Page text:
With beans as a key ingredient, the area of beans in the rotation has been increased, reducing fertiliser costs while building soil fertility. Oilseed rape will be added to the rotation this autumn, producing both oil and rapeseed meal with the aim of further reducing the farm’s dependence on soya. Kingsgate Nutrition provide the expertise on the diets and with an additional balancer ration, they have turned the home-grown beans and barley into the perfect ration for each stage of development, from gestation and lactation to growing and finishing.
With help from Teesside University, the farm compared production against a commercial grower feed and, although feed conversion lagged behind, the figures were remarkably close.
Mr Flynn explained that planning and preparation has helped inform the rest of the farm: “The three-weekly cycle has been a great fit, with only one task each week– service, farrowing and weaning in alternate weeks.
“The benchmark data for pigs is really clear – we can see immediately where we need to be, and we’re encouraged by the rapid progress so far. Agrovision software is helping with this. All our staff, teachers and students have access to it and help is just a phone call away.”
Continuing the theme, the team has signed up to the Farm Business Survey, and will be accounting for every enterprise – even individual crops will be under scrutiny. Mr Flynn said: “We owe it to our students to try to demonstrate financial viability. We really look forward to seeing where we stand nationally.”
The business element of the enterprise is delivering a holistic teaching approach for the students, with dedicated business plans being developed and financial planning moving the project forward. The aim is for students to understand the requirements of planning and risk management. Mr Flynn said: “When the students go to the bank about their business plans in years to come, they will be able to successfully talk to the bank about planning and funding. Once they demonstrate a good farming acumen, banks will want to work with them.”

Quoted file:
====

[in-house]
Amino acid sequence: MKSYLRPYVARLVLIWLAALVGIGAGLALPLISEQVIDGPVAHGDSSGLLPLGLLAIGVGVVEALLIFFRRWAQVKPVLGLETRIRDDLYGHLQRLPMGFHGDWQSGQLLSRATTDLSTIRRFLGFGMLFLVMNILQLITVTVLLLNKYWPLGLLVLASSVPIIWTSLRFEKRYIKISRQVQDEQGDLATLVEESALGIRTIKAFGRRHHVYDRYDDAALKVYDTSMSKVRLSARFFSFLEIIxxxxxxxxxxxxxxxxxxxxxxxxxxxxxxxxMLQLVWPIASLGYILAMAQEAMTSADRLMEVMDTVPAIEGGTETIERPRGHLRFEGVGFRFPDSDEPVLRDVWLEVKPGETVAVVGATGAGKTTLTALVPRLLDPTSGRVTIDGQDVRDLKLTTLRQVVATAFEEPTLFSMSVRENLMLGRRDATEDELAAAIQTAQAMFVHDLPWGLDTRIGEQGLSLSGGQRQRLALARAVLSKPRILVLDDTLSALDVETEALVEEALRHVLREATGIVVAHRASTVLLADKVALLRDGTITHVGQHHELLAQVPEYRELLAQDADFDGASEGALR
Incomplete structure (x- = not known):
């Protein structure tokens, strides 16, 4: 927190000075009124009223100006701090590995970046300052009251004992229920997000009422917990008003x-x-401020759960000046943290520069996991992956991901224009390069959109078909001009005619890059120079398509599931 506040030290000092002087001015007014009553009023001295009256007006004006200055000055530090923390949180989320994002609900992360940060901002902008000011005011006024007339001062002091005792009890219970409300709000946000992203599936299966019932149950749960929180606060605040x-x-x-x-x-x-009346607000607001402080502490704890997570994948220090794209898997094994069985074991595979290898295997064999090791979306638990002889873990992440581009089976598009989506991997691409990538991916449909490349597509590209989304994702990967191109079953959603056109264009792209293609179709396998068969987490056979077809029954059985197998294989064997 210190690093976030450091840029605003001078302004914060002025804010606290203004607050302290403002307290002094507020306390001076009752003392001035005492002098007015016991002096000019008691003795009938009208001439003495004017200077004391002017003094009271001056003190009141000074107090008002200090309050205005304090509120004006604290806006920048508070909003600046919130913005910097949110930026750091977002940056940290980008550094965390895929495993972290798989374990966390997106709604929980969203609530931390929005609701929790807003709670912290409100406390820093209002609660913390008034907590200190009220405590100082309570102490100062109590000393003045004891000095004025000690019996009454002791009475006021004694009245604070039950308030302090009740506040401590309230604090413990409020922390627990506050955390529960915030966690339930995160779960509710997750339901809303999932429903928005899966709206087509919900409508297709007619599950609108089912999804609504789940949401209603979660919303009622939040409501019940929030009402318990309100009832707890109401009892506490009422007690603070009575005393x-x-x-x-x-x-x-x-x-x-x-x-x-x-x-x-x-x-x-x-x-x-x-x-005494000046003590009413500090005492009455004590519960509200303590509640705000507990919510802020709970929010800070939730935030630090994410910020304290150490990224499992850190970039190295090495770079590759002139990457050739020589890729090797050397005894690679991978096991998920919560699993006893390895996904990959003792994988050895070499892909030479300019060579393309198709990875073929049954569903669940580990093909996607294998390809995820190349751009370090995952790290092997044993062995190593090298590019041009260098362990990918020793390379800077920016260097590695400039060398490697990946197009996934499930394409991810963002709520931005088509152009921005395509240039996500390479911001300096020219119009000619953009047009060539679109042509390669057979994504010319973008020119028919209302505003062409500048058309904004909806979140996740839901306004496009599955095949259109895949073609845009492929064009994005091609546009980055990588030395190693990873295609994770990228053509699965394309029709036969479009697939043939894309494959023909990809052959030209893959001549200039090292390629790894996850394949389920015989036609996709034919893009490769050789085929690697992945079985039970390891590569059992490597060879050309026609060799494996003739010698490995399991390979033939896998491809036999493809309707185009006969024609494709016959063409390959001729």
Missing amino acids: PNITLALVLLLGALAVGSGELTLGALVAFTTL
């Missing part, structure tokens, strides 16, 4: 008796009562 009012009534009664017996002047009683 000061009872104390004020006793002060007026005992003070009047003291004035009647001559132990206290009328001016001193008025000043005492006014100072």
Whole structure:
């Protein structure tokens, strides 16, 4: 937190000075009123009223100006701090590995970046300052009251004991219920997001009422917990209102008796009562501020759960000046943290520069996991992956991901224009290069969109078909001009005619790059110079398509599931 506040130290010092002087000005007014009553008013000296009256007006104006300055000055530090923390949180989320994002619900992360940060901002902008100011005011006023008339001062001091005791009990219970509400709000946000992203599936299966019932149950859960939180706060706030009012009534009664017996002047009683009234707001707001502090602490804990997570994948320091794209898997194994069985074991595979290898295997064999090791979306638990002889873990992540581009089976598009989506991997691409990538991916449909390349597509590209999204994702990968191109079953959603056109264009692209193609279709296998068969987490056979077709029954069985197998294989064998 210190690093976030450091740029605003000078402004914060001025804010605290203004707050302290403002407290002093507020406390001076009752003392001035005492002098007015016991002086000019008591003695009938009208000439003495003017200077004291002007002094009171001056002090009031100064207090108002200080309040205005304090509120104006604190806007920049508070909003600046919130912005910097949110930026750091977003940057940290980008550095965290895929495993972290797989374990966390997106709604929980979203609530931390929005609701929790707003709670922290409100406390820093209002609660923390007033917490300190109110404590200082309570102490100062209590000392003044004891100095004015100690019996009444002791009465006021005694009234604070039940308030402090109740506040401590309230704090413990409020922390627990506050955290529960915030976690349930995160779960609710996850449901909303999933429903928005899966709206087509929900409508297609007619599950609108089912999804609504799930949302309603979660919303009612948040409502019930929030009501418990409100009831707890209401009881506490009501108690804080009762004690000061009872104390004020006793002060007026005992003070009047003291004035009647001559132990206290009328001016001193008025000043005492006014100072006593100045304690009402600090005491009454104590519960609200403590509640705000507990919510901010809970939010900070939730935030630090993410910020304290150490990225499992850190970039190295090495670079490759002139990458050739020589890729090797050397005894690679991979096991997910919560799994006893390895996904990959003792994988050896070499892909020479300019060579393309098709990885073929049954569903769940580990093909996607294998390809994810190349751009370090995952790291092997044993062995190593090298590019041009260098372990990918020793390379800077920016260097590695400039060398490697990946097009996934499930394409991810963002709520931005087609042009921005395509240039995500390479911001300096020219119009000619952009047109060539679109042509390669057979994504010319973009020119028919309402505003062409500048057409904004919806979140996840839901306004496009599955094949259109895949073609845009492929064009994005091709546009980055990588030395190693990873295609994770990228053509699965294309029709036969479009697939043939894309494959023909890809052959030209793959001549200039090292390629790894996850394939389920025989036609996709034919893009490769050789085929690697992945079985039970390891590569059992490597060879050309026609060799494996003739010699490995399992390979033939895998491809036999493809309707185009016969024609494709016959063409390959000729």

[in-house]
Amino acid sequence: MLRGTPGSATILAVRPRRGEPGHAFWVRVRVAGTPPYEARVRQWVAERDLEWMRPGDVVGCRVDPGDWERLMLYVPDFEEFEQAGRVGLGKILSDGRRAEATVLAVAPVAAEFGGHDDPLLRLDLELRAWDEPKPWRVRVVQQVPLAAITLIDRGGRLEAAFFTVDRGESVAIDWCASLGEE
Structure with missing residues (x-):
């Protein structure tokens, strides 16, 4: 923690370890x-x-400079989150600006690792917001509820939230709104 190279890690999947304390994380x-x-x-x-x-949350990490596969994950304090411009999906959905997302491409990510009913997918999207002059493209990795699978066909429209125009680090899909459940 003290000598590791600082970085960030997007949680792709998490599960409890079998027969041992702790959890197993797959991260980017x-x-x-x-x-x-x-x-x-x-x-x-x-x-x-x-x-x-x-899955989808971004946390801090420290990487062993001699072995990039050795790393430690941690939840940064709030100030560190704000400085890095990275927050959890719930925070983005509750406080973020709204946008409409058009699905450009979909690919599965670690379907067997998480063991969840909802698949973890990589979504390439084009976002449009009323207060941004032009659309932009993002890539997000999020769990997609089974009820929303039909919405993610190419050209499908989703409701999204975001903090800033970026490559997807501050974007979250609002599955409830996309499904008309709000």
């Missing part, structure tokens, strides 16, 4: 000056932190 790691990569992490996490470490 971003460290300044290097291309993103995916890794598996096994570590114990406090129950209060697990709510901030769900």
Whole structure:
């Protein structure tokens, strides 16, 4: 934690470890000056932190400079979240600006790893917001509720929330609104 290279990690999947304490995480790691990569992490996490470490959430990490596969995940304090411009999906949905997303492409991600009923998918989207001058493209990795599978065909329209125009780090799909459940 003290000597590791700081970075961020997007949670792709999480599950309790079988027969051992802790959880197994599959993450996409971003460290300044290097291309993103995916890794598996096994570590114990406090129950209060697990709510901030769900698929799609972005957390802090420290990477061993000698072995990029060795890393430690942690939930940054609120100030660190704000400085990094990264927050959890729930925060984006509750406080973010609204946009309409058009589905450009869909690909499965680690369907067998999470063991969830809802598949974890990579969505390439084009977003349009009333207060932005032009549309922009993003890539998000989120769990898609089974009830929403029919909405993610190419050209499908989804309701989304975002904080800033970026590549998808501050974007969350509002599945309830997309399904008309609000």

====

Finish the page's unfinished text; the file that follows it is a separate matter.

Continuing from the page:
The college is keen to support new research, particularly in better animal welfare and more sustainable production. “We’ve also joined Harper Adams’ School of Sustainable Food and Farming, so now we’re open for business when it comes to sustainability and welfare research,” Mr Flynn added.
“We’re ready to go to market with an arm-long list of why the public should buy this meat! We already supply 2,500 students with as much sausage as they can eat; now it’s time for bacon!” With so much already in play, the college has big plans:
“We want to be a centre all about welfare, sustainability and responsibility. We want to make the process as sustainable as possible. And we want to change attitudes to the industry – one young person at a time.”
See more at: https://www.edc.ac.uk/